How To Operate A Pole Saw Properly?

Last Updated on April 29, 2021 by James

A pole saw is one of the most convenient and easy to use speciality tool you will ever come across but it also one of the most overlooked tools. Imagine using a ladder and chainsaws to cut or trim trees, when all you need is a well-maintained pole saw to take care of the high cutting.

Not only are they a safer cutting option but they will also save you money and time in the long run. You do not need a landscape gardener to tidy up your lawn or backyard, which can be an expensive business at times.

So how exactly does a pole saw operate? Basically, if you were to take a pole and attach it to the end of a saw you get a manual pole saw. Pole saws these days are well made and have a wide range of safety features so as to ensure that the user is protected while using it.

They are ideal for pruning lofty and dangerous branches which you will otherwise find difficult to reach.

Operation Guidance

One needs to keep the control measures in mind when working with a pole saw which would include emergency procedures and climate conditions as well. A pole saw can be at times difficult to control when at it full stretch. When you do not plan out well how to cut the tree in the right way, it could cause unnecessary damage to the tree.

This could either be some scar along the branches or a large flush cut or a wrongly angled branch collar pruning wounds. You could even risk yourself if you do not learn how to use it in a proper way. It is always easier to work on gravity in a downward motion rather than moving it sideways.

Imagine carrying a 10 kg machine above your head and if you do not know how to use it well, it could result in you ending up in an emergency room.

Along with these injuries, you could also damage the tree with incorrect pruning angles if you use a pole saw without proper training. However, despite all the risk factors it is a great asset for homeowners and professionals alike.

The earliest form of pole saws were nothing but a small chainsaw head which came with a brushcutter at the end of it and did not have any form of safety features or refinements. Even then the initial concept has not changed much, although the safety measures have now standardized.

The guide bar and the chain design have also refined as the guide bar now has a narrow nose and a gauge as well, which is combined with a reduced kickback chain. The drive shafts of the power unit is also user friendly and it helps to reduce vibration. The main drive shaft tube is, however, subjected to a certain degree of vibration.

You will even find some extraordinary support harnesses in the marker for the larger models which allows for full functionality. The design is similar to a rucksack and reduces the case of neck and shoulder strain for those using it for a prolonged period.

The maintenance of the bar and chain is the same as that of a conventional chainsaw, although you need to ensure that the chain tension file size is correct and you are filling the correct angles as per the recommendation of the manufacturer.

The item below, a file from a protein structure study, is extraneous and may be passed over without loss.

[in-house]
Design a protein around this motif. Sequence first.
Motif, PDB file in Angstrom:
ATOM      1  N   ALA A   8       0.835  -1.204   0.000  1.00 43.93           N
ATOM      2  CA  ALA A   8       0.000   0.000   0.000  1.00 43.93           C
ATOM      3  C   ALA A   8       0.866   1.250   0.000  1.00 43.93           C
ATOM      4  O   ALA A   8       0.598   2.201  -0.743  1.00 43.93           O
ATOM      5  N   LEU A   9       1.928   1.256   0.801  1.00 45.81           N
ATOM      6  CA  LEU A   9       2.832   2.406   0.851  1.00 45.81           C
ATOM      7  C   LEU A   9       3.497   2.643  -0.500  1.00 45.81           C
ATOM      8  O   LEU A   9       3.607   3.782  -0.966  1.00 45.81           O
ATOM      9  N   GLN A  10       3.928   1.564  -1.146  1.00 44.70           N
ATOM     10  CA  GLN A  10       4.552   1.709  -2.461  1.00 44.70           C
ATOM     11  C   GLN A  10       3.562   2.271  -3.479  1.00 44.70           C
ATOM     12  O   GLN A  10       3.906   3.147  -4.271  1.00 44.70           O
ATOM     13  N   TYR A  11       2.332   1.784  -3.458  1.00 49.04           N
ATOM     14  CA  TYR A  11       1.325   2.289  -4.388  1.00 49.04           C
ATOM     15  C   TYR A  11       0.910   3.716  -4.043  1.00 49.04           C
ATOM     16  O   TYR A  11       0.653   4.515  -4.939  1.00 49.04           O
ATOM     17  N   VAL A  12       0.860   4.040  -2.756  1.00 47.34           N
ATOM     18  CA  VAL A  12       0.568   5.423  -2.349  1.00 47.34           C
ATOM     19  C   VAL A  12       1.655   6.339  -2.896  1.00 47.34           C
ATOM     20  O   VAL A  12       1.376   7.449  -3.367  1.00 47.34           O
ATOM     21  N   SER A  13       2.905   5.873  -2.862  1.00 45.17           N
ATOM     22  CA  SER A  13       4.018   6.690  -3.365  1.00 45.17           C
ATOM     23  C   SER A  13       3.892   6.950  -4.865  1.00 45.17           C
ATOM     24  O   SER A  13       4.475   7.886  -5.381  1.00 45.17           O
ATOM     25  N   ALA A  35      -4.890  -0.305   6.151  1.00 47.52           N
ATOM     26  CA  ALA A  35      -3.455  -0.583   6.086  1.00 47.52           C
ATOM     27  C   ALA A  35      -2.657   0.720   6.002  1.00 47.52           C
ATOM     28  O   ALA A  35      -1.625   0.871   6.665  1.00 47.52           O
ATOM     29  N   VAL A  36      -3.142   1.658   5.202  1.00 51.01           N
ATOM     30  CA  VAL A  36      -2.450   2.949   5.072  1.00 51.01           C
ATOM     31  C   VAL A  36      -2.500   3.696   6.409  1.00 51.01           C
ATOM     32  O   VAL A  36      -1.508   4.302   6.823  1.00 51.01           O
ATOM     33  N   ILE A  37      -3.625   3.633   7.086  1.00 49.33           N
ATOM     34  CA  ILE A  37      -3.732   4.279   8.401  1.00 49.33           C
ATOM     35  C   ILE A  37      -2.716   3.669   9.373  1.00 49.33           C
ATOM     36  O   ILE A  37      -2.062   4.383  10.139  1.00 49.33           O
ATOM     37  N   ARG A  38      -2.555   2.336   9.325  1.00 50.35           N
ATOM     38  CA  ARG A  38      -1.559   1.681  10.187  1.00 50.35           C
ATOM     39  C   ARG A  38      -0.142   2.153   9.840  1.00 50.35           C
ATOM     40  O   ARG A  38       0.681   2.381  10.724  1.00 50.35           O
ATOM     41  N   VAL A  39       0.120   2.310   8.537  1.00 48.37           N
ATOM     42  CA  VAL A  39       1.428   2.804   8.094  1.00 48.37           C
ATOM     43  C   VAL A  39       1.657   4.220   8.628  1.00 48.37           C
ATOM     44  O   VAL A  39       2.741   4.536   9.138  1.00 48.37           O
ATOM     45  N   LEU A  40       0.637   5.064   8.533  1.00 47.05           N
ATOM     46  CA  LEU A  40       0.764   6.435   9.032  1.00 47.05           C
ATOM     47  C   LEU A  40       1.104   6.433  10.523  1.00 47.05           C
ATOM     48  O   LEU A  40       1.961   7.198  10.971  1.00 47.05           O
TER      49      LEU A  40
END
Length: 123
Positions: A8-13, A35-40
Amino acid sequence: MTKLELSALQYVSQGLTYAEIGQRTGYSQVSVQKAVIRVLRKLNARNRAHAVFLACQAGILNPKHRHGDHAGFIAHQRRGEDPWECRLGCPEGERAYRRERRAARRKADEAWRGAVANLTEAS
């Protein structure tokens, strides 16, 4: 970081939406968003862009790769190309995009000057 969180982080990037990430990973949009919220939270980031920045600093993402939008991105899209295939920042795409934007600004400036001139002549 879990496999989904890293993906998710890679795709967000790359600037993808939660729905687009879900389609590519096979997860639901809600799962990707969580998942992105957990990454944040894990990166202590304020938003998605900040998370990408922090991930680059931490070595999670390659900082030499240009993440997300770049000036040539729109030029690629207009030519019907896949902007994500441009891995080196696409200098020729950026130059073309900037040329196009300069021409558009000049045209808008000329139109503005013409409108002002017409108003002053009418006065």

Pruning Tips

Here are a few tips to keep in mind when you are using a pole saw so as to ensure that you are using it correctly:

  • A pole saw is not insulated but you need to have the correct training before using a machine that you will be using overhead. Also ensure you are careful about overhead power lines.
  • Keep in mind any environmental restraints such as avoiding any nesting birds in your yard.
  • Check the machine well before you start working with it and ensure that you have read the safety features well.
  • If need be, wear some head, ear or eye protection or even gloves.
  • It is also recommended that you maintain a safe working zone to at least 15 m around the machine when you are operating with it so that you do not cause any hindrance to by-passers.
  • Ensure a firm footing and make sure that the worksite is also clean of any kind of fallen limbs or offcuts as you continue working with a pole saw.
  • Before you start cutting or trimming the wood, assess the tension and compression in the wood so as to avoid the saw from being trapped.
  • Plan one step a time when you are operating with it, and ensure that you reduce the weight of the branch as you gradually start cutting through the branches.
  • First undercut the branch and make sure that when you cut the top, an overlap occurs so as to reduce the risk of tearing any bark.
  • Whenever you operate with a pole saw, ensure that the machine is at an angle less than 60 degrees horizontally so as to reduce any injury of fallen timber.
  • The final cut should always be on the outside edge of the branch collar.


The primary task of a pole saw is to remove lateral branches so don’t use it for any kind of menial task just because it has a saw with it. When a branch has an upright growth, it is not easy to make a correct pruning and that results in spear cuts.

So always compartmentalise the branches before cutting them, and you are good to go. Whether it is a manual pole saw or an engine-powered pole saw, be aware of your positioning and you will find efficiency while operating with it, without causing any damages.